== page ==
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Could deep learning transform the medical sector?

Posted by: Ian Piper


The concept of deep learning is decades old. First developed at the birth of artificial intelligence in 1956, it has finally arrived due to both the wider availability of faster, more powerful computers and the infinite accessibility to various data including images, video and music. To get an understanding of where deep learning fits, picture AI as three concentric circles made up of three aspects - AI, machine learning and deep learning. AI is the overarching idea whereas machine learning is the ability to learn without being explicitly programmed, the machine learns and grows from being exposed to new data. Deep learning is the much more complex subset of machine learning. Essentially, deep learning is composed of algorithms that allow software to train itself to perform a task, such as voice and image recognition. It does this by exposing multilayered neural networks to vast amounts of data.

The technology industry is very excited by this next step in AI because deep learning has the ability to go further than machine learning and to find patterns within a much wider range of data such as video, voice, music, images and sensor data. Deep learning is what allows your Smartphone to recognise and respond to you with a basic level of intelligence.

Deep learning or sometimes referred to as deep neural networks, attempts to mimic the activity in the layers of neurons in the neo cortex of the human brain. Computer scientist Geoffrey Hinton developed a new way to teach individual layer information. His first layer learns primitive features of an image or sound such as the edges of a picture or the tiniest unit of noise. Once that first layer recognises those features, the next layer is trained to recognise a more complex feature, and so on until multiple layers have built up an accurate recognition of the sound or object. Due to improvements in mathematical formulas and powerful computers, we can now model many more layers of virtual neurons than ever before. These multi-layers allow for more precise training and thus we are able to produce huge advances in speech and image recognition.

This improved image recognition in robotics is stirring exciting developments within the medical sector. So much of what doctors do requires some form of image recognition, from radiology, dermatology, to ophthalmology and across many other “ologies.” This new technology has paved the way for many start-ups such as Enlitic, who are using deep learning to analyse radiographs as well as CT and MRI scans. Enlitic’s technology outperformed four radiologists in detecting and classifying lung nodules as benign or malignant. However, it is worth noting that this technology has not yet been FDA approved or reviewed by peers. Atomwise, a San Fransico start-up is using deep learning to accelerate drug discovery. The neural networks have been used to examine 3D images of thousands of molecules that may serve as drug candidates and predicting their suitability for blocking the mechanism of a pathogen. A third start-up Freenome, is aiming to use deep learning to diagnose cancer from blood samples. The AI examines DNA fragments in the bloodstream which have been spewed out by the cells as they die off. Deep learning is then used to find the correlation between cell-free DNA and some cancers. Gabriel Otte who created Freenome has said “we’re seeing novel signatures that haven’t even been characterised by cancer biologists yet.” Otte’s technology successfully identified 5 blind samples sent by an investor, two normal and three cancerous. Needless to say, Otte got the investment.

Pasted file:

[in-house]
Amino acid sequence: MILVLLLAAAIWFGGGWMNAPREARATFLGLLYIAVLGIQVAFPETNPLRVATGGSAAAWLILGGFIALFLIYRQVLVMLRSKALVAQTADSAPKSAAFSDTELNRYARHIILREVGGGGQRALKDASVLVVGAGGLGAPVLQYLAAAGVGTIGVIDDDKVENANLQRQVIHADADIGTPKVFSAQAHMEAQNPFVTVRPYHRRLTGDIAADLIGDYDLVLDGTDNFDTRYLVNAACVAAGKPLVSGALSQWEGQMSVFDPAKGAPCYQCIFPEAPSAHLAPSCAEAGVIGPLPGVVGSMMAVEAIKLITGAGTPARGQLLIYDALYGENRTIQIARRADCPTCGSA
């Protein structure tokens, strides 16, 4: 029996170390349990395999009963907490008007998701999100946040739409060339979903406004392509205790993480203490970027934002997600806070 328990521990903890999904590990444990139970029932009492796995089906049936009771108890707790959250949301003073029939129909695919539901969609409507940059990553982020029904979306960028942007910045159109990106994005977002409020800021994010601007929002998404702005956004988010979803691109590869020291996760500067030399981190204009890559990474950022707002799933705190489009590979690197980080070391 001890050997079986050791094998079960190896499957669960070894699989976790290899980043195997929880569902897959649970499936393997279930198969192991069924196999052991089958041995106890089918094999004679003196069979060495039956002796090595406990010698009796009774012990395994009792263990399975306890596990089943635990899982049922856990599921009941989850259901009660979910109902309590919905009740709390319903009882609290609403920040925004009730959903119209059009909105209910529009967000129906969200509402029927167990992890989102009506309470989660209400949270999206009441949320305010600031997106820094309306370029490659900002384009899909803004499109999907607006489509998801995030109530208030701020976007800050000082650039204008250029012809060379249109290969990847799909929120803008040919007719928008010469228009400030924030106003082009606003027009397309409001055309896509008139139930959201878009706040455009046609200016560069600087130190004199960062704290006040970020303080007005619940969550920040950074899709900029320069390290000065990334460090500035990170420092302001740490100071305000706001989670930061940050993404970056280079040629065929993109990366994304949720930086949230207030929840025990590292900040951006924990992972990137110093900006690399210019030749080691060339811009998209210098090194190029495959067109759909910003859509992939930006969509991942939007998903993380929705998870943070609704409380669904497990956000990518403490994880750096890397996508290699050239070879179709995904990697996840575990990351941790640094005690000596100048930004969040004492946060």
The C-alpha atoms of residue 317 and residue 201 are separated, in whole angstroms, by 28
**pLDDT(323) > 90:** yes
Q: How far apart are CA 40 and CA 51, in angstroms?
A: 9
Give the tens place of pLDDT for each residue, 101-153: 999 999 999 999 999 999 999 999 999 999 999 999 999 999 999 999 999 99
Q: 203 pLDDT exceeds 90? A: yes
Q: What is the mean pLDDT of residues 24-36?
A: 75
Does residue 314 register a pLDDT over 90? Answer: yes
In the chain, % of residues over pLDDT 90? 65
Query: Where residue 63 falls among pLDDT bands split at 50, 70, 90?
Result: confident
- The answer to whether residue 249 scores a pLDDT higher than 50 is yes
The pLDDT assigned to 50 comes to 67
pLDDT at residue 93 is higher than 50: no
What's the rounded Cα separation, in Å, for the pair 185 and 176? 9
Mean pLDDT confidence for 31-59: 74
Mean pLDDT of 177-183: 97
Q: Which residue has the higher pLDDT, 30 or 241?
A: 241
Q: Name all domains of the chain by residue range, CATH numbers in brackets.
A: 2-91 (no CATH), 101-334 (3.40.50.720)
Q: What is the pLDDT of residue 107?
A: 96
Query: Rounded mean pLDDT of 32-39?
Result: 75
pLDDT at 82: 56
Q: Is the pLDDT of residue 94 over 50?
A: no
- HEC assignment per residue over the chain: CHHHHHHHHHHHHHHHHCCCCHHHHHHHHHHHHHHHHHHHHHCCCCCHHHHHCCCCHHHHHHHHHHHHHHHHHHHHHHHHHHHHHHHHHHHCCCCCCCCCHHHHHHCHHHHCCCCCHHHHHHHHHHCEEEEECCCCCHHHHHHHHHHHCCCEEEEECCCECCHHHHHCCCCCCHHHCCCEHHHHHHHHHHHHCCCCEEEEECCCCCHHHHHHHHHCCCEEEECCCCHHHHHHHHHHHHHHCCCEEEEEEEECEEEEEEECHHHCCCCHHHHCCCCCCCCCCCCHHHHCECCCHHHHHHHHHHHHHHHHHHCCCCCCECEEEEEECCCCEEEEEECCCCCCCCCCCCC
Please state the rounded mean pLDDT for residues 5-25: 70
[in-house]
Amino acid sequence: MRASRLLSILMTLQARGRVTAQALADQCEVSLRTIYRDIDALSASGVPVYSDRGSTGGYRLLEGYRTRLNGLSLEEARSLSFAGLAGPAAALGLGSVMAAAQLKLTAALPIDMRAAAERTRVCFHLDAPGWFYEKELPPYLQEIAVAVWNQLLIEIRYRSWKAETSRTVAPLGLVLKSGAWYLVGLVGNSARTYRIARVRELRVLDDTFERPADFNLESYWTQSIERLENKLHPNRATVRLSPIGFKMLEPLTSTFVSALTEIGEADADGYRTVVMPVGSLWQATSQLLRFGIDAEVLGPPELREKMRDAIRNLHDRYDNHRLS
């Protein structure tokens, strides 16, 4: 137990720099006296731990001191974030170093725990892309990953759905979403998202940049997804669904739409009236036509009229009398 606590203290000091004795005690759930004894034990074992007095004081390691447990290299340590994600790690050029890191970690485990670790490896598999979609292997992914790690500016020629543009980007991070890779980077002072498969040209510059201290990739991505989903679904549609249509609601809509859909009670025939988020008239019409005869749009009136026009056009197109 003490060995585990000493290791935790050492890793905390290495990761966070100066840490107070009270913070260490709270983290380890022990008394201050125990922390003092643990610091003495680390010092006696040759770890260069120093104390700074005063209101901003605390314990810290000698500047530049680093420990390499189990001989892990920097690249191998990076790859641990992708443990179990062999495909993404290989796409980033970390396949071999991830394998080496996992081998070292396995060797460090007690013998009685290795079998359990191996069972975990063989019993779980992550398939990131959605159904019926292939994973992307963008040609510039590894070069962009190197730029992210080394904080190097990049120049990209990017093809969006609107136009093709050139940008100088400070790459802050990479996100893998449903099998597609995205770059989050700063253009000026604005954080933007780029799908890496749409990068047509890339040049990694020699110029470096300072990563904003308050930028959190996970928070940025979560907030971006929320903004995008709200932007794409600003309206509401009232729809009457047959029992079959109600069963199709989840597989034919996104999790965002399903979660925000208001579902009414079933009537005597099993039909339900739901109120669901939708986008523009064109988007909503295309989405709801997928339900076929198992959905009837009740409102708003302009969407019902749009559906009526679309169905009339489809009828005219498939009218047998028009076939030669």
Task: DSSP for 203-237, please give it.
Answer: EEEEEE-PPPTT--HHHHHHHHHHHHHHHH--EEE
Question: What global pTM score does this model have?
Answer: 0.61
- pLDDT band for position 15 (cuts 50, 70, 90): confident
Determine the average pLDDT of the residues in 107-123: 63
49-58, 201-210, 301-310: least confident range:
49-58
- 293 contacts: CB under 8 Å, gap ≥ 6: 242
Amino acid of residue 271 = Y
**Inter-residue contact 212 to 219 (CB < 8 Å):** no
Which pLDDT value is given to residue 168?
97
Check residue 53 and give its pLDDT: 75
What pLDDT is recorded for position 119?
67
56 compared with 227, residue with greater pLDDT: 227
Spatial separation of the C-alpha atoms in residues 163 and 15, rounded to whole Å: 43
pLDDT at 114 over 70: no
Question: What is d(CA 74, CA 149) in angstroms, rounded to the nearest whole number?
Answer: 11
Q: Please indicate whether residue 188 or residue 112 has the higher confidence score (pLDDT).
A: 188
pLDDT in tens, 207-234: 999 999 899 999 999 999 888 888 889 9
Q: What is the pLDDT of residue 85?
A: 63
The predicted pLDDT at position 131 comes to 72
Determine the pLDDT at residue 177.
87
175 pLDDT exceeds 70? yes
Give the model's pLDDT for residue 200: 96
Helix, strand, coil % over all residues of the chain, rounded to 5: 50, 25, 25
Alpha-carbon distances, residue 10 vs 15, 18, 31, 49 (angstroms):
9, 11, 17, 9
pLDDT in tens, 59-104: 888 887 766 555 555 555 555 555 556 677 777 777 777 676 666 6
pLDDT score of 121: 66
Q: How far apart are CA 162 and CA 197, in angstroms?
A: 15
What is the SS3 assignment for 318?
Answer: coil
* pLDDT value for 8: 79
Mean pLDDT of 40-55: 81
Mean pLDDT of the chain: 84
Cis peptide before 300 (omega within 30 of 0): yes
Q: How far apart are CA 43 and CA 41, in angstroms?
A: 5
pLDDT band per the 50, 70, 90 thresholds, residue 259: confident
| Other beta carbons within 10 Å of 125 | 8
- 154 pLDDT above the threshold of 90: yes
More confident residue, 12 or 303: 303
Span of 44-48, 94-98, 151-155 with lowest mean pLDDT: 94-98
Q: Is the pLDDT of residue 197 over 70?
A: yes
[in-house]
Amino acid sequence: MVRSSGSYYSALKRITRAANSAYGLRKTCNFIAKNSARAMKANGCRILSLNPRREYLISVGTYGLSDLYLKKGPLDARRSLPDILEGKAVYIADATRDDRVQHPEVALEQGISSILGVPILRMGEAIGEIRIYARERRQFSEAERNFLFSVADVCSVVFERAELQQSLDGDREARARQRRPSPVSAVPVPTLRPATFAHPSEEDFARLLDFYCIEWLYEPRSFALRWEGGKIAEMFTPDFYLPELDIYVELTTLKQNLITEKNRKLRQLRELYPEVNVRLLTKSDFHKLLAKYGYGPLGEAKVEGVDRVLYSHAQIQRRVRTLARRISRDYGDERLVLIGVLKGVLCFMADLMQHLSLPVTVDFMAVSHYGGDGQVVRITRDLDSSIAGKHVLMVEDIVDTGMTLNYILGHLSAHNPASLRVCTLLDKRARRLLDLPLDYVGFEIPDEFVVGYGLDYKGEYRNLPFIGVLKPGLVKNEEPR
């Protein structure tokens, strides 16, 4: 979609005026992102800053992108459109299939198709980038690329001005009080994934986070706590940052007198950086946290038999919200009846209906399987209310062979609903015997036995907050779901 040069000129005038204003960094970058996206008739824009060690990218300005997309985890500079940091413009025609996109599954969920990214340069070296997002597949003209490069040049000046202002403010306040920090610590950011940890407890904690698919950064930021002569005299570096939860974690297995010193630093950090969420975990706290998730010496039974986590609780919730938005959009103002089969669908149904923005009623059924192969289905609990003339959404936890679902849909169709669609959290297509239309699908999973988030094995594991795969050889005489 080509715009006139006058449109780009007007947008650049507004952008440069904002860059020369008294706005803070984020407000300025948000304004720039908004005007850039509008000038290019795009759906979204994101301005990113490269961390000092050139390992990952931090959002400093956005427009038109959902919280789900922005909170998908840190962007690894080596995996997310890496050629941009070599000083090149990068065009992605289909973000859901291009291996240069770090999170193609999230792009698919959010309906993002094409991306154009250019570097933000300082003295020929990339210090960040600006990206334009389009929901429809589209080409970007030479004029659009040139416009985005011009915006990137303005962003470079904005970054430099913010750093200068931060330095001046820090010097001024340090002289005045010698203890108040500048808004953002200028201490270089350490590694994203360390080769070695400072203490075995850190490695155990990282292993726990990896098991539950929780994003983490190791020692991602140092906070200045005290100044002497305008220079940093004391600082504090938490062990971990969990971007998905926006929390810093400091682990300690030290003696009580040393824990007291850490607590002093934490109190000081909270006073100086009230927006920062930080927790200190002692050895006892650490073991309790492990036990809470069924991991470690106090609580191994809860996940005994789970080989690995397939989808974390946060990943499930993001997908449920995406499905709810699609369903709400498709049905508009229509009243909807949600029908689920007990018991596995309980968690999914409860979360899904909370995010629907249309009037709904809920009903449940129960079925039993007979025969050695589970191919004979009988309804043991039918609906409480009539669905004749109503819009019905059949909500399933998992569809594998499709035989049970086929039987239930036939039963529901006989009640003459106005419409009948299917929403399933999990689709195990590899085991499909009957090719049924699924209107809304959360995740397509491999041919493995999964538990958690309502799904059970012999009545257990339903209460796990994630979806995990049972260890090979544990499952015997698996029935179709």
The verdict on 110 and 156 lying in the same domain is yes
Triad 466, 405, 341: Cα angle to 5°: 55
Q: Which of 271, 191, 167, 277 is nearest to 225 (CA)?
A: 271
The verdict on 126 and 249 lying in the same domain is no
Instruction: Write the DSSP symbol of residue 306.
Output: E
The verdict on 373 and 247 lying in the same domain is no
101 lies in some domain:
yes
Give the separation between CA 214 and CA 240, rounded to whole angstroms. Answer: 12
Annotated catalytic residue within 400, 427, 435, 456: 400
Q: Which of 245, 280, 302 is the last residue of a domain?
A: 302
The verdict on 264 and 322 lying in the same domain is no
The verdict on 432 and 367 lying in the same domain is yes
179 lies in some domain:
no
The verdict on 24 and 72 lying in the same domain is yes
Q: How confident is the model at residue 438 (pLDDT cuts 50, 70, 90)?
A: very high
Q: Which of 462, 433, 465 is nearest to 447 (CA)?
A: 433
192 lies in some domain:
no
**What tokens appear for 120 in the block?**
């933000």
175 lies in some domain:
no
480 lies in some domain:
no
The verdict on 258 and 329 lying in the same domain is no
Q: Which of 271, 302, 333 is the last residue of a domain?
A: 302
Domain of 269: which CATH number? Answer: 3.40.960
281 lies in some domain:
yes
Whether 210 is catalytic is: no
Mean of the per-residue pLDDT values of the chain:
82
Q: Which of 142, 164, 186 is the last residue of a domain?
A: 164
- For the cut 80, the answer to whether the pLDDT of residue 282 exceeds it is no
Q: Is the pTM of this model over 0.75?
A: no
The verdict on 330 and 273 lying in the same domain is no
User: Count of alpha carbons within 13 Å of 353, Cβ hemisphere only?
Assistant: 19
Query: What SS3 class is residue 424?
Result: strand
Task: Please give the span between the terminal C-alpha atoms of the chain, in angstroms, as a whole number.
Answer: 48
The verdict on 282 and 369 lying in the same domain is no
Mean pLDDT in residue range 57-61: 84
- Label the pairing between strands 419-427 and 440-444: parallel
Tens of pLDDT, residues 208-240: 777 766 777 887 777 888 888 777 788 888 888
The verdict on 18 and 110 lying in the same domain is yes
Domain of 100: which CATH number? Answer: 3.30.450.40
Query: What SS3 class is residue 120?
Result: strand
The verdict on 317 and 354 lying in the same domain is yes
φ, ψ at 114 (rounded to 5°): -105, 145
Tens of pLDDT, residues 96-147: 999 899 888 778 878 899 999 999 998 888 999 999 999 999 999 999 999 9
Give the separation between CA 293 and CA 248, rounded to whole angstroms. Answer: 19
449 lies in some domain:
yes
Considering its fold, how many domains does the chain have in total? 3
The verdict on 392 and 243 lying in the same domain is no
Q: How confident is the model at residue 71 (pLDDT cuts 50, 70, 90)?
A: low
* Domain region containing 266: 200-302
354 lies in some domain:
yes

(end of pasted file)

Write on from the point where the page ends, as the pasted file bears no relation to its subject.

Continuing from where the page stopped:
Quite simply, due to the millions of images that a computer can process in a short space of time in comparison to a radiologist who may see thousands over their whole career, it is not unreasonable to imagine that this type of job can be done better by computers. Once standardised, this kind of technology could change the face of healthcare and it could benefit millions of patients.

AI is finally getting intelligent; however we are only scratching the surface. There are still many limitations to overcome, the main one currently is implementing “unsupervised learning” where machines are able to identify unlabelled data and therefore able to teach themselves about the world independent of humans. Currently, almost every deep learning product uses “supervised learning” where the neural net is trained by humans with labelled data, which essentially tells the machine what the image is in the first place and then it identifies other similar images by itself.

Machines are getting better at recognising objects and translating speech, however developing beyond this will require much more conceptual and software breakthroughs, not to mention the advances needed on processing power. Further, deep learning is not able to reason like a human so I don’t think doctors need to fear for their jobs just yet.

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